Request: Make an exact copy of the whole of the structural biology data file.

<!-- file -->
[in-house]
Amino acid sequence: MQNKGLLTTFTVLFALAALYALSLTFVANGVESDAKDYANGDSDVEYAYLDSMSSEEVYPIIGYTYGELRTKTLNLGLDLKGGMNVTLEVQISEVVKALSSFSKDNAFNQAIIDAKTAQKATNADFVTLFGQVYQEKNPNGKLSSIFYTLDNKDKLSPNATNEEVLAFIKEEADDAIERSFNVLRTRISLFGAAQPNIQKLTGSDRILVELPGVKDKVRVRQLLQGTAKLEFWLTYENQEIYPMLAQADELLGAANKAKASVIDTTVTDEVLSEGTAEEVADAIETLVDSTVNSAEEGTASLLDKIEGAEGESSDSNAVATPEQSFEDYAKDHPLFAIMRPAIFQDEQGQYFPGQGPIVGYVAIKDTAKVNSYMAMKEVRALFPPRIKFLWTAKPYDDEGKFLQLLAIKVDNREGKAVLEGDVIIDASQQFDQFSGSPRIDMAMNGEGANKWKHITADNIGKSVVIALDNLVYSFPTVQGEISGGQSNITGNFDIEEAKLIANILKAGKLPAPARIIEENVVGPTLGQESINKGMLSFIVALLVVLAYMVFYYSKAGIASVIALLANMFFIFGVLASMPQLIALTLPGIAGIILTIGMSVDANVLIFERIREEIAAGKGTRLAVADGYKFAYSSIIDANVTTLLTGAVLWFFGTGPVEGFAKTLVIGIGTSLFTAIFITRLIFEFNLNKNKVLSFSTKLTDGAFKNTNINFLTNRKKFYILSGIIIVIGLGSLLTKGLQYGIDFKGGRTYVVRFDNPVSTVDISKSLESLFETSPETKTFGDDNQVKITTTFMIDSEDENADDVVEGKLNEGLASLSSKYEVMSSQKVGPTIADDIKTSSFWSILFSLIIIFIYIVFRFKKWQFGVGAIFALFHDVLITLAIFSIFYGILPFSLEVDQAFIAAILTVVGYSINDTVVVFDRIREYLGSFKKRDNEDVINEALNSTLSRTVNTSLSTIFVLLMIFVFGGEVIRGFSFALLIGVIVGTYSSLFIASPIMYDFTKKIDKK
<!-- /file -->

[in-house]
Amino acid sequence: MQNKGLLTTFTVLFALAALYALSLTFVANGVESDAKDYANGDSDVEYAYLDSMSSEEVYPIIGYTYGELRTKTLNLGLDLKGGMNVTLEVQISEVVKALSSFSKDNAFNQAIIDAKTAQKATNADFVTLFGQVYQEKNPNGKLSSIFYTLDNKDKLSPNATNEEVLAFIKEEADDAIERSFNVLRTRISLFGAAQPNIQKLTGSDRILVELPGVKDKVRVRQLLQGTAKLEFWLTYENQEIYPMLAQADELLGAANKAKASVIDTTVTDEVLSEGTAEEVADAIETLVDSTVNSAEEGTASLLDKIEGAEGESSDSNAVATPEQSFEDYAKDHPLFAIMRPAIFQDEQGQYFPGQGPIVGYVAIKDTAKVNSYMAMKEVRALFPPRIKFLWTAKPYDDEGKFLQLLAIKVDNREGKAVLEGDVIIDASQQFDQFSGSPRIDMAMNGEGANKWKHITADNIGKSVVIALDNLVYSFPTVQGEISGGQSNITGNFDIEEAKLIANILKAGKLPAPARIIEENVVGPTLGQESINKGMLSFIVALLVVLAYMVFYYSKAGIASVIALLANMFFIFGVLASMPQLIALTLPGIAGIILTIGMSVDANVLIFERIREEIAAGKGTRLAVADGYKFAYSSIIDANVTTLLTGAVLWFFGTGPVEGFAKTLVIGIGTSLFTAIFITRLIFEFNLNKNKVLSFSTKLTDGAFKNTNINFLTNRKKFYILSGIIIVIGLGSLLTKGLQYGIDFKGGRTYVVRFDNPVSTVDISKSLESLFETSPETKTFGDDNQVKITTTFMIDSEDENADDVVEGKLNEGLASLSSKYEVMSSQKVGPTIADDIKTSSFWSILFSLIIIFIYIVFRFKKWQFGVGAIFALFHDVLITLAIFSIFYGILPFSLEVDQAFIAAILTVVGYSINDTVVVFDRIREYLGSFKKRDNEDVINEALNSTLSRTVNTSLSTIFVLLMIFVFGGEVIRGFSFALLIGVIVGTYSSLFIASPIMYDFTKKIDKK